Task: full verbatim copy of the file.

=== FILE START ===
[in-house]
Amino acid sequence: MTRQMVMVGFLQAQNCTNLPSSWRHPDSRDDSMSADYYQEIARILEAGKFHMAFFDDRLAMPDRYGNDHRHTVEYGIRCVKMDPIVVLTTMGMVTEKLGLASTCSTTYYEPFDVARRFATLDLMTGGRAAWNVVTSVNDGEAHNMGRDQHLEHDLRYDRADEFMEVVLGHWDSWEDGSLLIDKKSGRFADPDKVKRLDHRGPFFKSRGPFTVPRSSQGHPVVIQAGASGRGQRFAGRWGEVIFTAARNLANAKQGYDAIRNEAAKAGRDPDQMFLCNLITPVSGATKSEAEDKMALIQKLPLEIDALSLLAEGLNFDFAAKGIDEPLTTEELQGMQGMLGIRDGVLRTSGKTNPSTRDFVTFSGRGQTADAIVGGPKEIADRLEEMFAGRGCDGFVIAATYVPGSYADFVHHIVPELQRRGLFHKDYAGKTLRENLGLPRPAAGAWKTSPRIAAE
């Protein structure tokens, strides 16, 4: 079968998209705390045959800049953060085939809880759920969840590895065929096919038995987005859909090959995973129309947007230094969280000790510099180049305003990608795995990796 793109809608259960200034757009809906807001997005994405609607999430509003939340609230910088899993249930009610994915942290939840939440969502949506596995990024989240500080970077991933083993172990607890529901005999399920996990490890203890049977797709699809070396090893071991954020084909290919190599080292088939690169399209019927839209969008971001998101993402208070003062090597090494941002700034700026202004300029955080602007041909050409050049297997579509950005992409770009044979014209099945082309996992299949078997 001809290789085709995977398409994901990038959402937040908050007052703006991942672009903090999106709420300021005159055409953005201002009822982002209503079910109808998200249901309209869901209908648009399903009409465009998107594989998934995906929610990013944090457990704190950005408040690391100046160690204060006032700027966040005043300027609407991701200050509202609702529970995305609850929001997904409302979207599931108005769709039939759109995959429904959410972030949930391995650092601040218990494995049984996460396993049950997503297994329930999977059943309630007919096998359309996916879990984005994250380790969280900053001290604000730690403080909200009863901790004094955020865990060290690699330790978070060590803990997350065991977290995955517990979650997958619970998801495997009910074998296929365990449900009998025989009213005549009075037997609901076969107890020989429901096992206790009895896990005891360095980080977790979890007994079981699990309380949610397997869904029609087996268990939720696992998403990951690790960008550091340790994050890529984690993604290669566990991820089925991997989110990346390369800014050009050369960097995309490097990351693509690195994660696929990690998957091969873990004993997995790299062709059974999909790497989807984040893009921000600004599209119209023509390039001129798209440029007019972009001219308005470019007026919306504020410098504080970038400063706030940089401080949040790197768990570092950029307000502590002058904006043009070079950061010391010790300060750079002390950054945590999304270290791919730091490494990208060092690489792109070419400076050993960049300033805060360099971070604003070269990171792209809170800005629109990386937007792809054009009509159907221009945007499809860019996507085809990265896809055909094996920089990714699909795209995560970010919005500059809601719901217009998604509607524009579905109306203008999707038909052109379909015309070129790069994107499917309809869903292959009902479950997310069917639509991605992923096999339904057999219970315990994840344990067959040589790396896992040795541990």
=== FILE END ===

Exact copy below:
[in-house]
Amino acid sequence: MTRQMVMVGFLQAQNCTNLPSSWRHPDSRDDSMSADYYQEIARILEAGKFHMAFFDDRLAMPDRYGNDHRHTVEYGIRCVKMDPIVVLTTMGMVTEKLGLASTCSTTYYEPFDVARRFATLDLMTGGRAAWNVVTSVNDGEAHNMGRDQHLEHDLRYDRADEFMEVVLGHWDSWEDGSLLIDKKSGRFADPDKVKRLDHRGPFFKSRGPFTVPRSSQGHPVVIQAGASGRGQRFAGRWGEVIFTAARNLANAKQGYDAIRNEAAKAGRDPDQMFLCNLITPVSGATKSEAEDKMALIQKLPLEIDALSLLAEGLNFDFAAKGIDEPLTTEELQGMQGMLGIRDGVLRTSGKTNPSTRDFVTFSGRGQTADAIVGGPKEIADRLEEMFAGRGCDGFVIAATYVPGSYADFVHHIVPELQRRGLFHKDYAGKTLRENLGLPRPAAGAWKTSPRIAAE
């Protein structure tokens, strides 16, 4: 079968998209705390045959800049953060085939809880759920969840590895065929096919038995987005859909090959995973129309947007230094969280000790510099180049305003990608795995990796 793109809608259960200034757009809906807001997005994405609607999430509003939340609230910088899993249930009610994915942290939840939440969502949506596995990024989240500080970077991933083993172990607890529901005999399920996990490890203890049977797709699809070396090893071991954020084909290919190599080292088939690169399209019927839209969008971001998101993402208070003062090597090494941002700034700026202004300029955080602007041909050409050049297997579509950005992409770009044979014209099945082309996992299949078997 001809290789085709995977398409994901990038959402937040908050007052703006991942672009903090999106709420300021005159055409953005201002009822982002209503079910109808998200249901309209869901209908648009399903009409465009998107594989998934995906929610990013944090457990704190950005408040690391100046160690204060006032700027966040005043300027609407991701200050509202609702529970995305609850929001997904409302979207599931108005769709039939759109995959429904959410972030949930391995650092601040218990494995049984996460396993049950997503297994329930999977059943309630007919096998359309996916879990984005994250380790969280900053001290604000730690403080909200009863901790004094955020865990060290690699330790978070060590803990997350065991977290995955517990979650997958619970998801495997009910074998296929365990449900009998025989009213005549009075037997609901076969107890020989429901096992206790009895896990005891360095980080977790979890007994079981699990309380949610397997869904029609087996268990939720696992998403990951690790960008550091340790994050890529984690993604290669566990991820089925991997989110990346390369800014050009050369960097995309490097990351693509690195994660696929990690998957091969873990004993997995790299062709059974999909790497989807984040893009921000600004599209119209023509390039001129798209440029007019972009001219308005470019007026919306504020410098504080970038400063706030940089401080949040790197768990570092950029307000502590002058904006043009070079950061010391010790300060750079002390950054945590999304270290791919730091490494990208060092690489792109070419400076050993960049300033805060360099971070604003070269990171792209809170800005629109990386937007792809054009009509159907221009945007499809860019996507085809990265896809055909094996920089990714699909795209995560970010919005500059809601719901217009998604509607524009579905109306203008999707038909052109379909015309070129790069994107499917309809869903292959009902479950997310069917639509991605992923096999339904057999219970315990994840344990067959040589790396896992040795541990």